10 March 2015
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As is often the case, a newspaper article has prompted this post. This time, it was when I read Vanished mental-health archives stymie genealogists --Restrictions on accessing old mental-health records frustrate families trying to establish facts about ancestors (Pittsburgh Post-Gazette).
Not only have many mental-health facilities (also went by sanitariums, insane asylums, and numerous other names) closed making it challenging to determine where the records of these shutters institutions ended up, even if you can find where the records are archived, due to privacy laws, you may not be able to access the records.
If you have an ancestor who suddenly disappears and whom you cannot find a death for, or know is not incarcerated in a jail or prison, it might be time to consider that they were institutionalized. If institutionalized you may need to check for a local, regional or state operated facilities.
Additionally, depending on the time period and local laws, there might be a court proceeding in order to “admit” the individual as a patient or a suit by the patient to be “freed” from where they were institutionalized. For example, in North Carolina, such records up until the 1960s might be found in Judgment Dockets (for civil cases), Special Proceedings Records or in so-called Lunacy Records, to name just a few relevant collections. I tracked one person who ended up mentioned in all three of these record groups across over 15 years of records and across two counties with reference to a state-run facility,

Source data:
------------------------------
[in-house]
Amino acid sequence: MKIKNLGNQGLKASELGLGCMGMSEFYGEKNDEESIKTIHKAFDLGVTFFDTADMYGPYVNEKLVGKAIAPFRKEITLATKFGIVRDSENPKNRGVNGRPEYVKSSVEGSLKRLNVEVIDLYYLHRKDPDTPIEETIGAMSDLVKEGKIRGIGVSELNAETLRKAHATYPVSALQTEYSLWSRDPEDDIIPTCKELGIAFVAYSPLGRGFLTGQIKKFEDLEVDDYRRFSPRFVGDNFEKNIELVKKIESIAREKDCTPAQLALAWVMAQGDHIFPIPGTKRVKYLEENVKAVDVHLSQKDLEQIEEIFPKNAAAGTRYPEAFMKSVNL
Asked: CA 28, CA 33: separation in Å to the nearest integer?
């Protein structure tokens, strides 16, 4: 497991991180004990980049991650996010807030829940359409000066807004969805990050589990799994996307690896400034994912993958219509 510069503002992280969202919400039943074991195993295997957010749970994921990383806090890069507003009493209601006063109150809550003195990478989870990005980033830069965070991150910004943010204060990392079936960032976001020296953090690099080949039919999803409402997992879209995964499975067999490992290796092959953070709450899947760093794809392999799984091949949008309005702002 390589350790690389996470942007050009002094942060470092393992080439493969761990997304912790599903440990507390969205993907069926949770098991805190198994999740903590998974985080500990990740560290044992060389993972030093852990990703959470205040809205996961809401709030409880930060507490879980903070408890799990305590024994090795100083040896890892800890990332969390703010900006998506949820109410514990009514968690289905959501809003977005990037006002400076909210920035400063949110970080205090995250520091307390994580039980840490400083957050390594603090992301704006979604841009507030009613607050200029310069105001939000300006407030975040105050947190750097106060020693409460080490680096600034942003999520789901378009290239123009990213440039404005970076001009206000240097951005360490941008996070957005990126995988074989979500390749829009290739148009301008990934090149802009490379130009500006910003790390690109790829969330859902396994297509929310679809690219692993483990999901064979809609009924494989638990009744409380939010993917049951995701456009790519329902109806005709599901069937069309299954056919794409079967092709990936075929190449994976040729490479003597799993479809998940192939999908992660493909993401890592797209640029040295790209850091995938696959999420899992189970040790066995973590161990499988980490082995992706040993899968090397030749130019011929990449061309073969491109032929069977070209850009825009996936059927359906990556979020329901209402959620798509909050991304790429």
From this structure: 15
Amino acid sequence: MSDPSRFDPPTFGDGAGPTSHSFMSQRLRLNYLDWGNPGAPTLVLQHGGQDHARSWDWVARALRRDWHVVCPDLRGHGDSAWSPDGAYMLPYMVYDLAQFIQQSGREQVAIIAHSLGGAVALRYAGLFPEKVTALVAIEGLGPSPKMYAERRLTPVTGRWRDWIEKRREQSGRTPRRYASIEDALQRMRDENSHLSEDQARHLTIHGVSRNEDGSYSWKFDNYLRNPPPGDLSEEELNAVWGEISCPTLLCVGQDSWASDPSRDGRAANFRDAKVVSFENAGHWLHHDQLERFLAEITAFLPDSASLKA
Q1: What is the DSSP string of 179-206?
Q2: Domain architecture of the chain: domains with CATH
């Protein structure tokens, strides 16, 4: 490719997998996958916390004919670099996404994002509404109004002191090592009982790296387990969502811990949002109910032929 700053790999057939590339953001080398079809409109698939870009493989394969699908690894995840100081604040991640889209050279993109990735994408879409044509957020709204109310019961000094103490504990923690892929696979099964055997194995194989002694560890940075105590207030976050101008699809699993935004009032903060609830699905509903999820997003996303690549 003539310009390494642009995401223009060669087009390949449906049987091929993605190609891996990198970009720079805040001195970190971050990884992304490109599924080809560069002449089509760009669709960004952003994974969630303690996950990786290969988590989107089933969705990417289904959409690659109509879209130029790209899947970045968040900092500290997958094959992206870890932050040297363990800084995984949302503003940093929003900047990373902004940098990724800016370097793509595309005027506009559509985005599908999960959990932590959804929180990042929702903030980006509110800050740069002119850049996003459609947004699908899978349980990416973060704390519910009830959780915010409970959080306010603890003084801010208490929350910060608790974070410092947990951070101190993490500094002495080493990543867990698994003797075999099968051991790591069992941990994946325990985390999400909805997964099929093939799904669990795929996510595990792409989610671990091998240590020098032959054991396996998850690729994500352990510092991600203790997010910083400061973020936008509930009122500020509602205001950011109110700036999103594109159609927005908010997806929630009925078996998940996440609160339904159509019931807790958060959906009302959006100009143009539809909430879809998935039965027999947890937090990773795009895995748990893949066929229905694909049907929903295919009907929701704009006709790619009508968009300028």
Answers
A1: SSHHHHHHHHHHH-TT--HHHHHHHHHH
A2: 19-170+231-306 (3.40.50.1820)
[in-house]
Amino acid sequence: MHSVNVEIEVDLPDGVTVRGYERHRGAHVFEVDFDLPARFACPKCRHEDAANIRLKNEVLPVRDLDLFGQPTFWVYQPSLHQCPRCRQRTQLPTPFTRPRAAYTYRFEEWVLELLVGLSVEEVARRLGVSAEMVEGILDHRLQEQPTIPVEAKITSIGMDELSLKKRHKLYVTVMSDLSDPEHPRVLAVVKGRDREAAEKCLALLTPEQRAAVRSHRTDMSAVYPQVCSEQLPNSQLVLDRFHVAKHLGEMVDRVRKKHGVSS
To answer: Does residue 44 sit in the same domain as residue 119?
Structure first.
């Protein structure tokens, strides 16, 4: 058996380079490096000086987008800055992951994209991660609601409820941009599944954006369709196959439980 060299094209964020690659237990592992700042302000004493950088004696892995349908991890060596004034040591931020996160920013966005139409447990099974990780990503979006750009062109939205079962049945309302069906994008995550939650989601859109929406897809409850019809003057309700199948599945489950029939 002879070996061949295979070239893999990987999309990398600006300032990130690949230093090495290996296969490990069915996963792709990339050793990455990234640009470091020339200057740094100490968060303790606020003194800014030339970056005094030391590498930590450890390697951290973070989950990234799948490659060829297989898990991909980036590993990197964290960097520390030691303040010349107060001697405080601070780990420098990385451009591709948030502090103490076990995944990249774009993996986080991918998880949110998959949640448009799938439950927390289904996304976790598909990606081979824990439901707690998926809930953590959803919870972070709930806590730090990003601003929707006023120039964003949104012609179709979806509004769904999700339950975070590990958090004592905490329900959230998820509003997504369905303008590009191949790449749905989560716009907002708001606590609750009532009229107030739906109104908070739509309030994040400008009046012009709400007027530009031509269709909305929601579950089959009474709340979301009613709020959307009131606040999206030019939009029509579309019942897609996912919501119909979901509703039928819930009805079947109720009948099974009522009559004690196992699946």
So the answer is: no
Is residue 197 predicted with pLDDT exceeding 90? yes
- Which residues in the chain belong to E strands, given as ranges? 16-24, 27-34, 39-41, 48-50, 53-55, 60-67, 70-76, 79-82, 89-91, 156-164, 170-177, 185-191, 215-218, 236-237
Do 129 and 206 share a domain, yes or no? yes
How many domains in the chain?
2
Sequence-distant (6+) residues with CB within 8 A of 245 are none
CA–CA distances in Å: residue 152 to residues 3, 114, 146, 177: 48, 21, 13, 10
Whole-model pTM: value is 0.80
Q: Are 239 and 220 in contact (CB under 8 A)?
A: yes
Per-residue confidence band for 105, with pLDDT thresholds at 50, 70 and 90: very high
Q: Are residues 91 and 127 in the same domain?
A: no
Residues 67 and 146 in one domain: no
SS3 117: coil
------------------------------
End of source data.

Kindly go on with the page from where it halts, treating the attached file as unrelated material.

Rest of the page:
John Umstead Hospital (now called ). Central Regional Hospital
Here are some resources that might give you ideas or information about learning more about your institutionalized ancestors ....
+ Types of Family History Resources – Health and Welfare Records (
Historical Society) Minnesota
+ Searching for Hospital Records (Juliana Szucs, Ancestry.com)
+ Seeking Asylum Patient? Head to Court (Sharon Tate Moody, The
+ Researching Ancestors Who Were Committed to Asylums, Using Old Newspapers (Gena Philibert-Ortega, GenealogyBank)
As always, if you know of additional resources, please post a comment!
Was your ancestor institutionalized? Please share your experience in learning more about this ancestor.
Editor’s Note: Related Upfront with NGS posts ...
+ Hart Island – NYC’s Public Burial Ground – Over 1 Million Burials – Trying to Reveal Their Stories
+ You Can Help! Institutional Cemeteries Website Seeking Assistance -- Let's Do What We Can to Remember These Often Forgotten Individuals
+ The Museum of Ridiculously Interesting Things -- Abandoned Suitcases of Insane Asylum Patients & other oddities
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